If you think about it, this makes sense. If you are working without a lot of interaction, it’s either because you have a job that’s minutely-defined or you are an expert in this customer, this domain, and can work with little interaction.

But wait! I can hear you say. We HAVE tools for remote work. Chat, Skype, and so forth. We have TONS of tools!

Here’s where it gets a bit tricky, and remember that I’m only trying to reverse engineer why we’re observing that it doesn’t work. I don’t have all the answers.

Technology development — indeed much of human existence — is a social construct. It’s about people, personalities, relationships, teams, and so forth. The technology and the problem have little to do with anything. “Give me a good team,” the saying goes, “and I can do most anything”

Lots of truth in that.

What we want technology development to be about, however, is moving bits of data around. I have a list of requirements in Excel. We have a project plan on the web. I can chat with you online to explain the way this code works.

Our working theory, mainly because we’re all bit-heads living in the digital age, is that with the correct bits flowing the correct way, things happen. So “friends” on facebook are kinda like friends, but kinda not. Email is kind of like having a conversation, but kinda not. I “know” Joe because we follow each other on Twitter, but not really.

Agile technology development, where you are changing the nature of how you work and the definition of success dynamically, has almost nothing to do with bits of data. So it’s not like having a video conference, or emailing a specification. It’s like making real friends, with real strengths and weaknesses, and learning to use each other’s characters in something greater than the sum of the parts.

There’s not an app for that.

I like Agile when it tells me things I want to hear: project management doesn’t have to be dull, endless meetings, we can work faster the closer we work with the customer, and so forth. I don’t like it so much when it tells me things I don’t want to hear, like in many situations I have to be sitting in a room with the rest of my team instead of in my pajamas.

I saw something a month ago I want to share.

I was observing a team of 8 people from across the hall. I couldn’t hear what was being said but I saw one them stop working and look confused. He looked around the room. Everybody else was busy. So he went to the flipchart and started sketching out his problem for himself. When I looked back a minute later two of them were working around the flipchart, the second guy pointing out things to the first guy.

For many minutes everybody else kept working, many with headphones on. Then one guy got to a stopping point, looked up, and saw the conversation. He gets up and walks over. Now there’s three guys talking and drawing.

They talk for a bit, then there’s four, then five people, all around the flipchart, all working on a solution. The fifth guy was interesting. He stands by the chart for a bit, then realizes the conversation is not for him, so he goes back to his work.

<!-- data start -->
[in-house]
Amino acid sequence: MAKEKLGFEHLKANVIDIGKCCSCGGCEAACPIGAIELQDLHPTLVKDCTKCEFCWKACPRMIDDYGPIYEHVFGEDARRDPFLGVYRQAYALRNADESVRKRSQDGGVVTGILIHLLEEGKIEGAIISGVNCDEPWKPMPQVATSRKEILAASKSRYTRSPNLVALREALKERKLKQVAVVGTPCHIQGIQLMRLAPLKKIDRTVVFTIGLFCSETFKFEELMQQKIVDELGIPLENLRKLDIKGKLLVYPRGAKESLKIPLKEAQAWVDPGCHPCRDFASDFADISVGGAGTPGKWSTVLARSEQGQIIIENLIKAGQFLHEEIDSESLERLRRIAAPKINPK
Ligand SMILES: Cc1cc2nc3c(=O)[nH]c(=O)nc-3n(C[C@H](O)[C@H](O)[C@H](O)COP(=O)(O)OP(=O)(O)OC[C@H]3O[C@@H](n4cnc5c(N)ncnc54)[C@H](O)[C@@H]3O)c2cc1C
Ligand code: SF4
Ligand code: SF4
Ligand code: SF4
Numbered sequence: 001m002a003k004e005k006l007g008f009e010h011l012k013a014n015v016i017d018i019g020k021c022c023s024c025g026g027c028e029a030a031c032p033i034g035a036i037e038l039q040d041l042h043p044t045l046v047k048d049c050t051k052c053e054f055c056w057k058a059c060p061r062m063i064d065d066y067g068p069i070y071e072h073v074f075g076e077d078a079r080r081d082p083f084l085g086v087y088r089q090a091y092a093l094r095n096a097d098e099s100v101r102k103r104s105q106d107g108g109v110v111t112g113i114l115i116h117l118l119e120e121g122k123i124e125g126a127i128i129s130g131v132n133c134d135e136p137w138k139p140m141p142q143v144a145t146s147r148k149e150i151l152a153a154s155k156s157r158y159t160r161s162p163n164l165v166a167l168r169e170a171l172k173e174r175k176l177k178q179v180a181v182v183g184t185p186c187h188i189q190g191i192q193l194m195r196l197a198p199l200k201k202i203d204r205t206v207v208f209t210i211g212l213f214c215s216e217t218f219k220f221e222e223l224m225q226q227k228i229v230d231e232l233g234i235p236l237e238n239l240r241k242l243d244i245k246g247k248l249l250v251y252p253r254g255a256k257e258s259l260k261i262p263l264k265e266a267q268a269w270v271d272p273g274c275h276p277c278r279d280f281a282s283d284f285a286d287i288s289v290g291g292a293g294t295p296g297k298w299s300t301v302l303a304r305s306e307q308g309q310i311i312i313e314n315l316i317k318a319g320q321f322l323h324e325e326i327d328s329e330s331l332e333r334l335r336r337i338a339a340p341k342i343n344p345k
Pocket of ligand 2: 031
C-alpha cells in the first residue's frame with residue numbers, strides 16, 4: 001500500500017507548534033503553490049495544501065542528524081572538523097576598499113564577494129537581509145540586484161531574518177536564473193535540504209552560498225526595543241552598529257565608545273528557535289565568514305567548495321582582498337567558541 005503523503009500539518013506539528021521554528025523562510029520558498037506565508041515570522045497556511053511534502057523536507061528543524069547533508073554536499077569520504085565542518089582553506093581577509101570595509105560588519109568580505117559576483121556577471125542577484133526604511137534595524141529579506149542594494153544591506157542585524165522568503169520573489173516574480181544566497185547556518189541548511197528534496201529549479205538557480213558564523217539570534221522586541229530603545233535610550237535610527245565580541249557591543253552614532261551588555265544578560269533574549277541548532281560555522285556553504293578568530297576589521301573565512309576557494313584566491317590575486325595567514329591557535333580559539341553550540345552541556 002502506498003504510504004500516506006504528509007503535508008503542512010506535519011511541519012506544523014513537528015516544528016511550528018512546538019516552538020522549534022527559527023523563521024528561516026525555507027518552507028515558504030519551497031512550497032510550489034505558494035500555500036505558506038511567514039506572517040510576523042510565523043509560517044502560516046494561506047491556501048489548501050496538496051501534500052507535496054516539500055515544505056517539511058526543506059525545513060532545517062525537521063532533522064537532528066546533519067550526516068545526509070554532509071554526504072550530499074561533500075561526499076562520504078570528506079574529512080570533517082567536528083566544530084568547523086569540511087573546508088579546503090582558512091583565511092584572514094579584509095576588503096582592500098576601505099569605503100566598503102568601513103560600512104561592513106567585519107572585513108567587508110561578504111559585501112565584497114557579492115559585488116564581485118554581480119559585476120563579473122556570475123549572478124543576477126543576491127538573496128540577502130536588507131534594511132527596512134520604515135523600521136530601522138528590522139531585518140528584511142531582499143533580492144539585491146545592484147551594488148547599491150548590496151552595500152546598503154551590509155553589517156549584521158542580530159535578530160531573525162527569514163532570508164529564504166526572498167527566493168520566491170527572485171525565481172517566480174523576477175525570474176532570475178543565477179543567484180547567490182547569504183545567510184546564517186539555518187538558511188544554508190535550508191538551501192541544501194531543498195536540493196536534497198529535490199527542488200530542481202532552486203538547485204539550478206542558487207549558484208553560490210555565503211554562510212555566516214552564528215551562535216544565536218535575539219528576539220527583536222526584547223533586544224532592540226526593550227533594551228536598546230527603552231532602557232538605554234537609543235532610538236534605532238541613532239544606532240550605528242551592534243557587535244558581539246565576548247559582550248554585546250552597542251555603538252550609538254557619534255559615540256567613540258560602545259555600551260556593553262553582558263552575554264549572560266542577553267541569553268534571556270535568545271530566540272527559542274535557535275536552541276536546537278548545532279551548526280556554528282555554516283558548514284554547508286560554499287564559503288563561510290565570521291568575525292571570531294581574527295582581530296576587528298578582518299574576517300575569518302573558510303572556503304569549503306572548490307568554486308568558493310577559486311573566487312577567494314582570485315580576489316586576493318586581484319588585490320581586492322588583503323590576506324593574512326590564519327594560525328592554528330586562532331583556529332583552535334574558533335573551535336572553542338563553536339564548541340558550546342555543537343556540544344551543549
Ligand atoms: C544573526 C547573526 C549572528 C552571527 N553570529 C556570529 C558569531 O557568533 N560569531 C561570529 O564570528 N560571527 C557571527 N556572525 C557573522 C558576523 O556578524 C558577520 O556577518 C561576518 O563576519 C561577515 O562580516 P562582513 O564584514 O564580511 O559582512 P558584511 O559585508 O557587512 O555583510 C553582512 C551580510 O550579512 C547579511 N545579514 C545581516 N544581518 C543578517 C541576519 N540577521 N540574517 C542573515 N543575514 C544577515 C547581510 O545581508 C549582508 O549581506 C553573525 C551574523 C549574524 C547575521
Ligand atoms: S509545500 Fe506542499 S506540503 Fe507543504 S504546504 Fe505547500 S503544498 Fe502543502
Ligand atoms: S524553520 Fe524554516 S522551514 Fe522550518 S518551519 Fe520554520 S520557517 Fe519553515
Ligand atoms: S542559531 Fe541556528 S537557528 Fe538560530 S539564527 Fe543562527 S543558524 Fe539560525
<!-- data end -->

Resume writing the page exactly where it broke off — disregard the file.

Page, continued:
They reach a conclusion and everybody goes back to their seats except the first guy, who stays to make sure he’s captured the results.

This all took place in about ten minutes. No meetings planned, no time waiting around for introductions, no stop in the flow of work, no having to bring somebody else in, no hanging threads, no pre-planned agenda, no figuring out who to invite. Just a bunch of people working together organically, naturally.

An hour later they all went out to lunch together.

I don’t know how you do something like that electronically.

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Agile for Familes

One of the cool things about Agile is how it is a blend of several different disciplines — sociology, applied psychology, sales, marketing, branding, team-building, structured analysis, and so on.

This is also the toughest thing about Agile: it’s not a solid set of principles. It’s best practices around iterative and incremental development. And “best practices” will change over time and in different circumstances. That means that we’re constantly trying out new ideas and seeing what works and in what kinds of situations.

In fact, that’s also the coolest part of Agile. Agile is a community of learning where we’re always trying new things in different situations and reporting on whether they work or not. One set of folks comes up with a big set of best practices, the community tries them out, people publish their lessons, then we all learn.

I thought about that today — the good and bad parts of Agile — as I read about Bruce Feiler’s “The Secrets of Happy Families: Improve Your Mornings, Rethink Family Dinner, Fight Smarter, Go Out and Play, and Much More

Bruce has gone into the Agile community and used some of our best practices to apply to family life. Things like a stand-up, or goal-setting. He’s also done a high-level review of a lot of self-help stuff from all kinds of disciplines.

There are folks who might call such books facile — simplistic, formulaic pablum for people wandering from one self-help book to another.